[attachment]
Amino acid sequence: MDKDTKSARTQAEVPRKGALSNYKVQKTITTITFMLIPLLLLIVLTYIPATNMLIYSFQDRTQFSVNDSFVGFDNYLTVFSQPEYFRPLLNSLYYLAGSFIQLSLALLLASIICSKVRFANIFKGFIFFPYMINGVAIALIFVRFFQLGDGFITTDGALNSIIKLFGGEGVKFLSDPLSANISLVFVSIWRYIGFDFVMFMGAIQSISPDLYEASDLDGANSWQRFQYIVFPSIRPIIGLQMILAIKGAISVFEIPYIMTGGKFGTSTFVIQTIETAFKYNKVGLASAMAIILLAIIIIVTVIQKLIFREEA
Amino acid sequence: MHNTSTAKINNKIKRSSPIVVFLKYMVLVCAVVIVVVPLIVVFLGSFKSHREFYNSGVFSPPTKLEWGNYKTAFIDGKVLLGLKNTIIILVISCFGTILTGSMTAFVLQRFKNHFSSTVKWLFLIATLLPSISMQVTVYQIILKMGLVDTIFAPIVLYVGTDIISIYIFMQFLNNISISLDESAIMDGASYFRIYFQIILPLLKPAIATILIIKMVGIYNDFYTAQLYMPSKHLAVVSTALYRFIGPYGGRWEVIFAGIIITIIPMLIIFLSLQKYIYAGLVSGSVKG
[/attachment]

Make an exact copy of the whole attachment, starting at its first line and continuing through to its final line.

Amino acid sequence: MDKDTKSARTQAEVPRKGALSNYKVQKTITTITFMLIPLLLLIVLTYIPATNMLIYSFQDRTQFSVNDSFVGFDNYLTVFSQPEYFRPLLNSLYYLAGSFIQLSLALLLASIICSKVRFANIFKGFIFFPYMINGVAIALIFVRFFQLGDGFITTDGALNSIIKLFGGEGVKFLSDPLSANISLVFVSIWRYIGFDFVMFMGAIQSISPDLYEASDLDGANSWQRFQYIVFPSIRPIIGLQMILAIKGAISVFEIPYIMTGGKFGTSTFVIQTIETAFKYNKVGLASAMAIILLAIIIIVTVIQKLIFREEA
Amino acid sequence: MHNTSTAKINNKIKRSSPIVVFLKYMVLVCAVVIVVVPLIVVFLGSFKSHREFYNSGVFSPPTKLEWGNYKTAFIDGKVLLGLKNTIIILVISCFGTILTGSMTAFVLQRFKNHFSSTVKWLFLIATLLPSISMQVTVYQIILKMGLVDTIFAPIVLYVGTDIISIYIFMQFLNNISISLDESAIMDGASYFRIYFQIILPLLKPAIATILIIKMVGIYNDFYTAQLYMPSKHLAVVSTALYRFIGPYGGRWEVIFAGIIITIIPMLIIFLSLQKYIYAGLVSGSVKG